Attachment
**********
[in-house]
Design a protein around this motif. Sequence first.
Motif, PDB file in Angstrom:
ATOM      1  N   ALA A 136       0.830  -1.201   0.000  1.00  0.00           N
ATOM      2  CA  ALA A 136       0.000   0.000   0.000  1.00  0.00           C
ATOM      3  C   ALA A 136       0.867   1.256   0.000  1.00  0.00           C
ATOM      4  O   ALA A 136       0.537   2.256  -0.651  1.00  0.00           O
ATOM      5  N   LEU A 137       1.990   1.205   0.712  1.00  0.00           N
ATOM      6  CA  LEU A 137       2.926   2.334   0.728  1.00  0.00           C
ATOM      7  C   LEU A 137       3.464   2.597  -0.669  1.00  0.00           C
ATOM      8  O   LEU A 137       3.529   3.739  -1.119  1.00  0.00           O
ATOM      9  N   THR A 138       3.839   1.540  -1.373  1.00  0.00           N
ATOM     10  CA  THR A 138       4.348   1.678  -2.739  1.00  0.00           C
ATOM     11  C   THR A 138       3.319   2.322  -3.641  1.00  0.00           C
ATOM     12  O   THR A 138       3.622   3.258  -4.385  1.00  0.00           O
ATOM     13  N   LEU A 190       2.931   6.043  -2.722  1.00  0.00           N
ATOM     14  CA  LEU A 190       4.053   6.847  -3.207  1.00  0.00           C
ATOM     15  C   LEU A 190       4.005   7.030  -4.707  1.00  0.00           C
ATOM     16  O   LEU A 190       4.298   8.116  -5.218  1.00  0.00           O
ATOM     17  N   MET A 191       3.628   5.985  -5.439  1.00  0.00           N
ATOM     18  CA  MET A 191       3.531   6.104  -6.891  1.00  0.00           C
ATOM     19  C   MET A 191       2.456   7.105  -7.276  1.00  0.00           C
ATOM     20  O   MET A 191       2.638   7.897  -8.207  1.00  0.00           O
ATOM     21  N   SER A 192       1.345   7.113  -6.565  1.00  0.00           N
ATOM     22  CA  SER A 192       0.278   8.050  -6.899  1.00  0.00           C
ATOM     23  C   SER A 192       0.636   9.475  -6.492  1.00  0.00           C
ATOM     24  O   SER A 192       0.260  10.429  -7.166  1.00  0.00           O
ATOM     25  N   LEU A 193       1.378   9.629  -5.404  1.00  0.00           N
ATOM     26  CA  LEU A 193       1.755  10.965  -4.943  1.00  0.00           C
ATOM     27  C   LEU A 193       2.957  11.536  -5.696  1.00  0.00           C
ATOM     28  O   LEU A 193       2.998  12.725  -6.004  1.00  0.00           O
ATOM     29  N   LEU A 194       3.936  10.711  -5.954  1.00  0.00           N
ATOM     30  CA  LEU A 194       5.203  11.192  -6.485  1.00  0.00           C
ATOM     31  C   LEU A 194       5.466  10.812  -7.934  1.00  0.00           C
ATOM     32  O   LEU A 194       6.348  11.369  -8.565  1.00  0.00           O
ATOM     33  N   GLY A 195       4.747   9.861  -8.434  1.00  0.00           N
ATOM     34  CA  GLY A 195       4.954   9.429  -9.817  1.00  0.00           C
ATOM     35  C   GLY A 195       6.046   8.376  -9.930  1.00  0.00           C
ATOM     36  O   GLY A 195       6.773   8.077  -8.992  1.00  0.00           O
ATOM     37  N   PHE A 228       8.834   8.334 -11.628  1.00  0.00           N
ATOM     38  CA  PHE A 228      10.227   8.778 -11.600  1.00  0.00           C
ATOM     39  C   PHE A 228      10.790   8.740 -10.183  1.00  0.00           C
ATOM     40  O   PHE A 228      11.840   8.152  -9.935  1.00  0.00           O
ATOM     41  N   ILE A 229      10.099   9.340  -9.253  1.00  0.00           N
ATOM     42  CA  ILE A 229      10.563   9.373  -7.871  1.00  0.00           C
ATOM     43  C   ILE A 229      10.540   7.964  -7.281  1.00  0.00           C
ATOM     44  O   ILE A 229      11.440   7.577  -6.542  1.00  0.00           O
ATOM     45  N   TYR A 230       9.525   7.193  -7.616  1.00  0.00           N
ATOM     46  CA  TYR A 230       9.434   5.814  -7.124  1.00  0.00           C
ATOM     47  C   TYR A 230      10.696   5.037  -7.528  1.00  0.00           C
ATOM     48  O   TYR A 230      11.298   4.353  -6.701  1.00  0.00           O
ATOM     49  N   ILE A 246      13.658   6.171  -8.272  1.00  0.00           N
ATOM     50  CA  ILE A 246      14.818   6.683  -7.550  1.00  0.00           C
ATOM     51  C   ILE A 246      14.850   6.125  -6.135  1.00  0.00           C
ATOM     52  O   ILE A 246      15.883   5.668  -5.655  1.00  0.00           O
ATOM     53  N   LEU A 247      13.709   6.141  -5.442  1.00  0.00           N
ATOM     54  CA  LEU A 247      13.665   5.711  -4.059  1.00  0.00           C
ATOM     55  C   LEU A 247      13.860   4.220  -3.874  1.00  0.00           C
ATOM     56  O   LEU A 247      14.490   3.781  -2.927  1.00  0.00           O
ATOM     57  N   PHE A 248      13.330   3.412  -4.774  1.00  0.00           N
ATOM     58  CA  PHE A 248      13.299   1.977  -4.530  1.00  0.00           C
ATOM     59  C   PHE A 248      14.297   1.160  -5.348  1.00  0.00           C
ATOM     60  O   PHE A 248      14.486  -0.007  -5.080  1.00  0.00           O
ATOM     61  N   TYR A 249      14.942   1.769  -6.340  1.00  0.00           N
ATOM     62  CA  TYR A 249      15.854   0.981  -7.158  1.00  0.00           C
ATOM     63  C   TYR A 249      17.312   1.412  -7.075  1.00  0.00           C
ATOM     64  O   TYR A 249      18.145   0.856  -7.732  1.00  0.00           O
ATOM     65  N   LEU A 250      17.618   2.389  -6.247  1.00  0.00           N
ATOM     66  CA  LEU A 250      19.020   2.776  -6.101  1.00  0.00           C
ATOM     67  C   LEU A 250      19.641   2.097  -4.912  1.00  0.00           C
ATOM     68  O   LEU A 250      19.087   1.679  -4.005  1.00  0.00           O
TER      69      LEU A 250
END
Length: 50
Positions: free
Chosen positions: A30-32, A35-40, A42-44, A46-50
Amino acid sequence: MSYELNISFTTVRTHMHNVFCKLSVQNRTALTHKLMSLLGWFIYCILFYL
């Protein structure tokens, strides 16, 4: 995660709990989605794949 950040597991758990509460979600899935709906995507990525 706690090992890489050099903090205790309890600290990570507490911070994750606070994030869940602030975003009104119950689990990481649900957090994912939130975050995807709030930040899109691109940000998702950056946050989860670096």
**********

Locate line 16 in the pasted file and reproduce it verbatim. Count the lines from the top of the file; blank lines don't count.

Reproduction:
ATOM     13  N   LEU A 190       2.931   6.043  -2.722  1.00  0.00           N